In conclusion, the researcher’s viewpoint is that there is no way that vertical considered as being of risk for babies to contract HIV.

38

2.5 PHASES OF HIV DISEASE

According to Van Dyk (2001:36), HIV infection cannot be precisely demarcated into separate and distinct phases with easily identifiable boundaries, but in theory certain phases occur. (Compare Gordon & Klaud,

1991:5-9; Adler, 1993:55; Libman & Witzburg, 1993:404; 1994:31 and Van

Dyk, 2001:36-41). HIV progresses to AIDS in a gradual process that moves through the various phases. The World Health Organization as cited in Van

Dyk (2001:36) divides HIV infection into four stages. These divisions should act only as a guide.

2.5.1 STAGE I: PRIMARY HIV INFECTION PHASE /SEROCONVERSION

HIV enters the body, duplicating itself rapidly in the CD4 cells. There are few or no signs that the person is infected – for example, swollen lymph glands are common, but it is not usually a cause for alarm. Approximately 30-60% of infected people will develop a glandular fever-like illness, and the symptoms of this fever will usually last one to two weeks. This stage lasts for approximately three months (compare Centre for the Study of AIDS, 2006:26;

Gordon & Klaud, 1991:5-9; Adler, 1993:55; Libman & Witzburg, 1993:404 and

Schoub, 1994:31). The researcher is of the opinion that at this stage an infected person can only be identified after he/she has done the blood test, as some of the symptoms may be an indication of something else other than

HIV/AIDS.

2.5.2 STAGE II: THE ASYMPTOMATIC LATENT PHASE

Minor skin problems, head or chest colds and generalised lymphadenopathy or swollen glands typically characterise this stage. People infected by the virus may have many years of productive, normal life, although they can infect others during this stage. It is not certain how long this period lasts, but estimates range between five and fifteen years (Van Dyk, 2001:37). This could be an ideal stage for disclosure for the purpose of support and early treatment interventions (ART) depending on the level of viral load.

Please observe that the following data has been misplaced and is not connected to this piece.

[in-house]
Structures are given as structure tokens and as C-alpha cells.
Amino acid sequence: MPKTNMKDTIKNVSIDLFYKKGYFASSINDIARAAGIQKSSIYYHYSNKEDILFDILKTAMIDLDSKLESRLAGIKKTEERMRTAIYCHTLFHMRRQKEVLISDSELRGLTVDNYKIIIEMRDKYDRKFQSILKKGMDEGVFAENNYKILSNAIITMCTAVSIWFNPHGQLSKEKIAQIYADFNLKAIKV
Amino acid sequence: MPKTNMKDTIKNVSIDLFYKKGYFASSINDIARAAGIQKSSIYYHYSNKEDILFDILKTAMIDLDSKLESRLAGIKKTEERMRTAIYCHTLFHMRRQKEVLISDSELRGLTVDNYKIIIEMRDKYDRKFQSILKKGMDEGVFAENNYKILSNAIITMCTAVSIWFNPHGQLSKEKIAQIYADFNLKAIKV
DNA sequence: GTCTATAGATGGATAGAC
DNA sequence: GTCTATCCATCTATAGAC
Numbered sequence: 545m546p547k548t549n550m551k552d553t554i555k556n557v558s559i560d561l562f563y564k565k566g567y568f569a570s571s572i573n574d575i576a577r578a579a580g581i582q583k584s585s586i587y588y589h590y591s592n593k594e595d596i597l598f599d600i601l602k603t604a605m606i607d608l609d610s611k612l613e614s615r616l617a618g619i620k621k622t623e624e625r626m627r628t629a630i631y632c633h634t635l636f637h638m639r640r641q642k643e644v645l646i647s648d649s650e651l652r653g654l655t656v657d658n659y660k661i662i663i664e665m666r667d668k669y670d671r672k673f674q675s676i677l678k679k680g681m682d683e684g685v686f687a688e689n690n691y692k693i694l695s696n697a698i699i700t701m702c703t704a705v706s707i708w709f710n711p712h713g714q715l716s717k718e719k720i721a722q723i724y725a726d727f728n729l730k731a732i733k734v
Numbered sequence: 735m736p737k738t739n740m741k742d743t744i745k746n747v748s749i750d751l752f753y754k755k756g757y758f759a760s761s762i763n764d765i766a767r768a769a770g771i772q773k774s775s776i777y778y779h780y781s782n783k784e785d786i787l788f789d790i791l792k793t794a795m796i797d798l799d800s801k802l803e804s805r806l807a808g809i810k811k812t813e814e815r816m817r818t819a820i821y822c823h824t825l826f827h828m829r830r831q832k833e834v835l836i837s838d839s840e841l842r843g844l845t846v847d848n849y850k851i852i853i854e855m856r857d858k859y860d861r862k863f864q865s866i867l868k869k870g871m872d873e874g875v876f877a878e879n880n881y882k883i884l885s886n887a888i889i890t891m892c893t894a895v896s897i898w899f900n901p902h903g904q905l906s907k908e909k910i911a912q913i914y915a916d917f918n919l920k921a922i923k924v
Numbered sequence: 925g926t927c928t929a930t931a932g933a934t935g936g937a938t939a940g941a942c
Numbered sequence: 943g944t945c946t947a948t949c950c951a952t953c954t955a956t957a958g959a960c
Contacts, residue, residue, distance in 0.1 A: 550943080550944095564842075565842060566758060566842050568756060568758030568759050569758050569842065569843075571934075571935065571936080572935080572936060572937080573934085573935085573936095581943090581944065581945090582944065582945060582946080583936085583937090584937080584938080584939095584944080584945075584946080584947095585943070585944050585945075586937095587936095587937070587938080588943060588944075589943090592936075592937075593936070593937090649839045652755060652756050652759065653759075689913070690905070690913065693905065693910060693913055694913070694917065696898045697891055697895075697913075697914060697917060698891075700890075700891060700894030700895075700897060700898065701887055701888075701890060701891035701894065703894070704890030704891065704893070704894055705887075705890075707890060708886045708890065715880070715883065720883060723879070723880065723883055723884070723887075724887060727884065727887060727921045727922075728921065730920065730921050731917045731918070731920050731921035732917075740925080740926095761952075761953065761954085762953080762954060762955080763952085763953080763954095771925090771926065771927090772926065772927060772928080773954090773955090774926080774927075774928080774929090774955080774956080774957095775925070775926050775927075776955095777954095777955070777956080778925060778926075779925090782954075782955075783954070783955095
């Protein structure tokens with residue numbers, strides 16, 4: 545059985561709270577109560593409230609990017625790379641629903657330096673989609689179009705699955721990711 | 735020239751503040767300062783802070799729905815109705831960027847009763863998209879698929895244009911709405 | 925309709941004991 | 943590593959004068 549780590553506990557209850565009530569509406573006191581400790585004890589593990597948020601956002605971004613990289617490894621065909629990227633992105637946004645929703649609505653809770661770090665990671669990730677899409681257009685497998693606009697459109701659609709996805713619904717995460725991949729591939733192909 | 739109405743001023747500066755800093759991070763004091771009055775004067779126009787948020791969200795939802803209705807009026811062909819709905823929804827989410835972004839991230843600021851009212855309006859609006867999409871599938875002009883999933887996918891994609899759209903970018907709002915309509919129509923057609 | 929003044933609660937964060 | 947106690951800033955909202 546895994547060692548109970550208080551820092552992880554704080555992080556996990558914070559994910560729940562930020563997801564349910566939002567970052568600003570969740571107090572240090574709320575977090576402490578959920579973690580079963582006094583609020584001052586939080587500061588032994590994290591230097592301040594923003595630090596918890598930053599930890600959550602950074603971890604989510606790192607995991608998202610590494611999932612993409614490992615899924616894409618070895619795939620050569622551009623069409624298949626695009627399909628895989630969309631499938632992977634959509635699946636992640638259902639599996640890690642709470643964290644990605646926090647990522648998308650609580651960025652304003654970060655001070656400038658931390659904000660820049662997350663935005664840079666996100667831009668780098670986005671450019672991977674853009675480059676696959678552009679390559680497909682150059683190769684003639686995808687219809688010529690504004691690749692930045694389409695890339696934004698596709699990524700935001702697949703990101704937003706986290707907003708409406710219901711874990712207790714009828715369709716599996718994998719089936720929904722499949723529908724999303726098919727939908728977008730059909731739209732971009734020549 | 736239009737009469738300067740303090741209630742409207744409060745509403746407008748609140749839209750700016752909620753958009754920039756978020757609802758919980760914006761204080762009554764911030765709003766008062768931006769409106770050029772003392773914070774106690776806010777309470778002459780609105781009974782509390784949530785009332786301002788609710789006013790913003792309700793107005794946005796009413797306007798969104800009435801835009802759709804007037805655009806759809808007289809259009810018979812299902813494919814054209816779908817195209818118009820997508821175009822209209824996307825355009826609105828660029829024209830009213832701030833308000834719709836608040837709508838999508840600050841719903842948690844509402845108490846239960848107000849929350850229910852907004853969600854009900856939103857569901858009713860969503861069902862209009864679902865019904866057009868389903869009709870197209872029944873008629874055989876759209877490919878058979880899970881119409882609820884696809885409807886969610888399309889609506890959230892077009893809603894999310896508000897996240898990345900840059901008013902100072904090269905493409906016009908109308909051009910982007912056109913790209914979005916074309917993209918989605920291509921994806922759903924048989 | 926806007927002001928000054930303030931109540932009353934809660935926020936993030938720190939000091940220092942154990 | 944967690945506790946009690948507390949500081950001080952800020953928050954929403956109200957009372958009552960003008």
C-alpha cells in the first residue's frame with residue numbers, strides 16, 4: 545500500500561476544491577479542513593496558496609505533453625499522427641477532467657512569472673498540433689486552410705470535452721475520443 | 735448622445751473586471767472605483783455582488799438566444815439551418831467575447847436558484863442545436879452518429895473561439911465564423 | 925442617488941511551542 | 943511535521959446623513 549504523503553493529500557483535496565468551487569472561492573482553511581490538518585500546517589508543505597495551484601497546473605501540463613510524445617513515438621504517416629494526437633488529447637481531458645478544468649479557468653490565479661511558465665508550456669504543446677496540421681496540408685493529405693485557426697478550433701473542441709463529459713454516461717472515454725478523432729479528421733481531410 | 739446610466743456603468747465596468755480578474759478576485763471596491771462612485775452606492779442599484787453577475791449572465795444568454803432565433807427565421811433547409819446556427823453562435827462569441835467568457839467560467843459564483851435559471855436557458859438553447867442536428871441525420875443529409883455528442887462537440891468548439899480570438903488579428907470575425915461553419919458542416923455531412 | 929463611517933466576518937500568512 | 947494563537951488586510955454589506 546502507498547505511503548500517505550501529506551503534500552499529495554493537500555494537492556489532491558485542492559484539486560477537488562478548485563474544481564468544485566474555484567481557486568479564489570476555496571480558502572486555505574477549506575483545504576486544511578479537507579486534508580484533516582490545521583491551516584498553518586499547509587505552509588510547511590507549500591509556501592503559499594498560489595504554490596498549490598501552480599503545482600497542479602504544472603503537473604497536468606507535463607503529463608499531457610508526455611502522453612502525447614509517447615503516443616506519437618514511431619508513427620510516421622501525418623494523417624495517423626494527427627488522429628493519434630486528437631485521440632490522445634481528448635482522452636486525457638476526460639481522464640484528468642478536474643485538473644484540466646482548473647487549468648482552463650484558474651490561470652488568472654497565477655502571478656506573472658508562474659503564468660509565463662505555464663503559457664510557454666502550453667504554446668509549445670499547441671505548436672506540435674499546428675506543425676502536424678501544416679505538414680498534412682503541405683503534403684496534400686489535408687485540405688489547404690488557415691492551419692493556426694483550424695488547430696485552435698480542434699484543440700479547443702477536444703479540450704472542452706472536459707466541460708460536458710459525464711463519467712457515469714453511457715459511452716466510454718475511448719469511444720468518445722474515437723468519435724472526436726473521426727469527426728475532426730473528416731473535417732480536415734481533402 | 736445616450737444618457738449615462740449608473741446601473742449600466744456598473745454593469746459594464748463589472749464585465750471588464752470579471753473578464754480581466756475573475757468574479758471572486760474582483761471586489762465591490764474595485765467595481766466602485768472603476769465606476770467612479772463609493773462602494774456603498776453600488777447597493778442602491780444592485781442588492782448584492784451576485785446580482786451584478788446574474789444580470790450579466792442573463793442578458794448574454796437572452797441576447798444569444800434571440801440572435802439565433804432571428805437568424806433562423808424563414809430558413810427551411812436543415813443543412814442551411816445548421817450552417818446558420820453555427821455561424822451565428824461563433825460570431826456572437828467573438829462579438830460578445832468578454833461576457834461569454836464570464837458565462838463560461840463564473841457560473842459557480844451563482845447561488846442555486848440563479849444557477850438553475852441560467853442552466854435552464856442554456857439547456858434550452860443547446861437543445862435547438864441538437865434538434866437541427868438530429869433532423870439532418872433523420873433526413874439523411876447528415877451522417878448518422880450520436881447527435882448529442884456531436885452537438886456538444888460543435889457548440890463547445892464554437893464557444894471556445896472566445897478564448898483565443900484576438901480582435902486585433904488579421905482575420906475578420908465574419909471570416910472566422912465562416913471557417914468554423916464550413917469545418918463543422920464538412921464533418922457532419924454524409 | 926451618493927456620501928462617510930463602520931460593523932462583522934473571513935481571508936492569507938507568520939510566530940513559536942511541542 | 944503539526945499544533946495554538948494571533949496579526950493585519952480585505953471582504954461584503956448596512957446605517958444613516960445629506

39

It is in this very stage where a person can be advised to take an HIV test. But before the test, a person needs pre-test counselling or be educated about voluntary counselling (VCT) and a post-test counselling be provided in a case of positive HIV results. The researcher is of the opinion that, if these precautionary measures are taken a person will then be informed and make an informed decision rather than an imposed one.

2.5.3 STAGE III: THE MINOR SYMPTOMATIC PHASE:

During this period, the amount of HIV in the body, or the viral load, increases.

In the process it destroys more and more CD4 cells. More serious problems begin to occur, such as mild, moderate swelling of the lymph nodes in the neck, armpits and groin, weight loss, herpes zoster or shingles, occasional fever, oral ulcerations, recurrent upper respiratory tract infections (Van Dyk,

2001:38). The researcher is of the opinion that this stage can be infectious and a patient needs to be treated with precaution.

2.5.4 STAGE IV: MAJOR SYMPTOMATIC PHASE OF INFECTION AND

OPPORTUNISTIC DISEASES

Very serious diseases, some of which are seldom found in HIV-negative people, occur. These include oral and vaginal candida, recurrent herpes zoster, bacterial skin infection and rashes, constant unexplained fever, generalised lymphadenopathy, oral leucoplakia, chronic diarrhoea and profound weight loss. Later the opportunistic diseases of various kinds set in as well as AIDS defining conditions. These include: a pneumonia called pneumocystis carinii pneumonia (PCP), marked weight loss and wasting of tissues, infections of the brain such as toxoplasmosis and neurological abnormalities, TB and cancers such as Kaposi’s sarcoma.